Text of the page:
There’s a growing force of entrepreneurs — Moms, says a BMO Bank of Montreal survey.
It shows that optimism reigns within the female demographic, with 74% of female business owners optimistic about the economy, and three quarters (76%) currently investing in their business. The data was released as part of the BMO Year of the Entrepreneur Series, which will highlight varied groups of entrepreneurs in Canada.
The growing mompreneur trend is one that is offering many entrepreneurial mothers the balance needed to raise a family without putting a successful business career on hold.
In fact, Statistics Canada estimates that women account for 80% of new business owners, and a large percentage of these women are moms.
Industry figures show 70% of mompreneurs are under the age of 40, while one in ten are in the 40-49 age bracket. Mompreneurs aged 50 years and older are the second largest demographic and account for 20 per cent of the segment, increasing at a rate of four per cent per year.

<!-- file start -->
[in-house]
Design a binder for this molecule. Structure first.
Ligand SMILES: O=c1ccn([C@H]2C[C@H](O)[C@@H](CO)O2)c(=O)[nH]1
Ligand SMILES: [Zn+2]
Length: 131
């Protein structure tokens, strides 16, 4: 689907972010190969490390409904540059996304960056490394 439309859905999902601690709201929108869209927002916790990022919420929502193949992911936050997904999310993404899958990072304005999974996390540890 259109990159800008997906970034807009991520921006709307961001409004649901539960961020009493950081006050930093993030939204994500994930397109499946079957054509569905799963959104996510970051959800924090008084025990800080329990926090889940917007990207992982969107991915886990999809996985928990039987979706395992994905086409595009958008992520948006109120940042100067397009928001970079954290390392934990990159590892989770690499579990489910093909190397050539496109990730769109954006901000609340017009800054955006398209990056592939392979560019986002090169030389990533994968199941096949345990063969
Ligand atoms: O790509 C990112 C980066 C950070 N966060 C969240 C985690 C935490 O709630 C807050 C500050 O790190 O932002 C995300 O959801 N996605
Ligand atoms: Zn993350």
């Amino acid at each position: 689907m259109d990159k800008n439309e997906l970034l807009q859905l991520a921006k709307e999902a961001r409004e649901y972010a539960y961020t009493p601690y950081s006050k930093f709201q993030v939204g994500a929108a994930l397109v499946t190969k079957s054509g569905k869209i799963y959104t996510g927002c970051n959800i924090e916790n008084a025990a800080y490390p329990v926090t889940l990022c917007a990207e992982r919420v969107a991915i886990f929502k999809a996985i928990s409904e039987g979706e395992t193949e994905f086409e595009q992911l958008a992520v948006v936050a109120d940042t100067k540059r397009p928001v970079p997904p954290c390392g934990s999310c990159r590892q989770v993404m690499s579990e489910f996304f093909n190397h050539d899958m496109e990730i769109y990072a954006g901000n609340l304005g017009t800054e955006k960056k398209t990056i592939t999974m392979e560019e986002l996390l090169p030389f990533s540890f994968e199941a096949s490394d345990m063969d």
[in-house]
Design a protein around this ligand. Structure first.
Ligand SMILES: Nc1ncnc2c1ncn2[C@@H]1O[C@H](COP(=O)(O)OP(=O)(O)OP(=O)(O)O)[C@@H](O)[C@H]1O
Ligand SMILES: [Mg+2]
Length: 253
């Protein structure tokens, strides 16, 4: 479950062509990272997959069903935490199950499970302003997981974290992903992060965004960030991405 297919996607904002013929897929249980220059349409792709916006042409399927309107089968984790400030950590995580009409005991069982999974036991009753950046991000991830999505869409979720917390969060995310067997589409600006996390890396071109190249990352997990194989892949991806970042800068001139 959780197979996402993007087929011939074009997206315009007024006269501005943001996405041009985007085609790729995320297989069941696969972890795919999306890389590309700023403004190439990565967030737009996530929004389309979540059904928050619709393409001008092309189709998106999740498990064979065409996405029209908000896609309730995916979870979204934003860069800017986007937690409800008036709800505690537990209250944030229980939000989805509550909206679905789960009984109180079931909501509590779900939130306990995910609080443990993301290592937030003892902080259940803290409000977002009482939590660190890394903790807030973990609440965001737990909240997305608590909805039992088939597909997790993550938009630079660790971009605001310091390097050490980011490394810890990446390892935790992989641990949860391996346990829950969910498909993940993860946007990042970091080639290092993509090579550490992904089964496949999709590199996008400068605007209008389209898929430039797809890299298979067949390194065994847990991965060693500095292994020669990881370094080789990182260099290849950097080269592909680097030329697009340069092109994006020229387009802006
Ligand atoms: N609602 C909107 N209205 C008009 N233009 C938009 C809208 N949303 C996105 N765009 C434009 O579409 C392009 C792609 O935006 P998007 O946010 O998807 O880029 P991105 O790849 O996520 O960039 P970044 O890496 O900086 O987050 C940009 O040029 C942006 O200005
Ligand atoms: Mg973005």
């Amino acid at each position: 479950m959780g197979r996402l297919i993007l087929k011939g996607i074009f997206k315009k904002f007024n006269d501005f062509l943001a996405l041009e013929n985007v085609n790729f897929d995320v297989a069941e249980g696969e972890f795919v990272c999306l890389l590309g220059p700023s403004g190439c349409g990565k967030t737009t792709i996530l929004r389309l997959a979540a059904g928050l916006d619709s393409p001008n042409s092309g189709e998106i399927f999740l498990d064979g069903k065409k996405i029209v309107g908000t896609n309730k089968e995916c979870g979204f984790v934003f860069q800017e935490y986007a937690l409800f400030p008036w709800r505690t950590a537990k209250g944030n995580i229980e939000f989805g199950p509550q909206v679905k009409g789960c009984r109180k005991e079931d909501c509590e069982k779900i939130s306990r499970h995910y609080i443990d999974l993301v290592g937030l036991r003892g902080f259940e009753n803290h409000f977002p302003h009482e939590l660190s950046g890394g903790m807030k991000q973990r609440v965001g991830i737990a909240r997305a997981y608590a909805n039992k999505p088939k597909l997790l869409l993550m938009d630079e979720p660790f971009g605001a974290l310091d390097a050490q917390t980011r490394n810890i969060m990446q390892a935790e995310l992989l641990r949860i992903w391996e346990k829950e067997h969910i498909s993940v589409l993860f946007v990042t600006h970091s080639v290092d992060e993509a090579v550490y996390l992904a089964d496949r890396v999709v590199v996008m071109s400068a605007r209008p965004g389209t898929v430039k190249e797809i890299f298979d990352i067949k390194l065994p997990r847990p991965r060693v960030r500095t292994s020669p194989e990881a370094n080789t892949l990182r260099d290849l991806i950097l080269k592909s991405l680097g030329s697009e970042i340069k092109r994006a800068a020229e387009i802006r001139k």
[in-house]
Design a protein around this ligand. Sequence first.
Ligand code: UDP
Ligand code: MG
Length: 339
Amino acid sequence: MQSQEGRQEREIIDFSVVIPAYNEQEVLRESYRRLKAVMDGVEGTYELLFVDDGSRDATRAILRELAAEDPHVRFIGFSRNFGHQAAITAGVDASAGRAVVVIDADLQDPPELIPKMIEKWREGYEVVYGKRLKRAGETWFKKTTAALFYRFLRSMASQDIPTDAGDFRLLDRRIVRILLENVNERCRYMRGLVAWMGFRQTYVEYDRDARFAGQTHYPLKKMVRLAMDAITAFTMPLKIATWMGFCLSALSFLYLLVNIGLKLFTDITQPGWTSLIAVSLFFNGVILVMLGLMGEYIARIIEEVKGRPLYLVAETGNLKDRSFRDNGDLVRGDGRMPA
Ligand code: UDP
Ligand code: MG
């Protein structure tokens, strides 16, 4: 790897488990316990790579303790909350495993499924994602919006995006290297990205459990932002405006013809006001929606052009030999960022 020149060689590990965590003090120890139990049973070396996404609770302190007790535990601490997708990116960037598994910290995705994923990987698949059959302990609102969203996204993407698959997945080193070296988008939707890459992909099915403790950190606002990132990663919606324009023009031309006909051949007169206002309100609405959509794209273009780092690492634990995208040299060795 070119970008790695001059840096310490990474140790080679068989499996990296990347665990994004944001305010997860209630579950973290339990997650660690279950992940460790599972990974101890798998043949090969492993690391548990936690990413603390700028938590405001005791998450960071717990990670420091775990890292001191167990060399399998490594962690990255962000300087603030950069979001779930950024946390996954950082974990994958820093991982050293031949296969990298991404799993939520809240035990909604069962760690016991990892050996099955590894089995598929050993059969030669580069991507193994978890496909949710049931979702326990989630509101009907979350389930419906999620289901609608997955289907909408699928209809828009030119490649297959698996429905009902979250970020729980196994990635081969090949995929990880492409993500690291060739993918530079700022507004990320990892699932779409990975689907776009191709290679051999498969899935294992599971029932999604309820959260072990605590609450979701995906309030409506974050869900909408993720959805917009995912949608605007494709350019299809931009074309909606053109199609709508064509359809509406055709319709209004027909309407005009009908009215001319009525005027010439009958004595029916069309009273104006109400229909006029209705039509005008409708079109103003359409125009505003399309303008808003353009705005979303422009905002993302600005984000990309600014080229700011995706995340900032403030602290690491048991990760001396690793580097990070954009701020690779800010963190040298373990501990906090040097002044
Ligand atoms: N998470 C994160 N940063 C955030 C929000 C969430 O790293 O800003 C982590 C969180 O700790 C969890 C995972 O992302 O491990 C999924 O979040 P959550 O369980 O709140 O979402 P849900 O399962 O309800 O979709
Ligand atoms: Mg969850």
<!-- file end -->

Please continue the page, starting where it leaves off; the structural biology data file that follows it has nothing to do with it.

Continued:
Cathy Pin, vice-president, commercial banking, BMO Bank of Montreal, notes that the transition from life at the office to running your own business can be a difficult one, and that prospective mompreneurs should carefully examine the pros and cons of running their own business before getting started to ensure long-term success.
“An important factor for any successful small business owner, and mompreneurs in particular, is finding that work-life balance,” said Pin.
Ms. Pin offers the following tips for mompreneurs-to-be:
- Do your homework – Leverage the wide array of resources and tools to learn what you need to know to set up your business, including setting up a business number, whether or not to incorporate the business and the potential tax implications, including Harmonized Sales Tax.
- Weigh the lifestyle pros and cons – Think carefully about why you want to start your own business. While being your own boss can offer some flexibility compared to the corporate world, other sacrifices will need to be made over the first few years, including longer hours and potentially less cash flow, to ensure success.
- Put a plan in place – Stress-test your idea and research your marketplace, including what the product and price point will be, who your audience is and what your sales targets will need to be to cover your cost.
- Consult an expert – Speak to an accountant and a small business banker. Many bankers specialize in small business and can provide insight into setting up your business, market competition, personal and business finances and how they may change over time.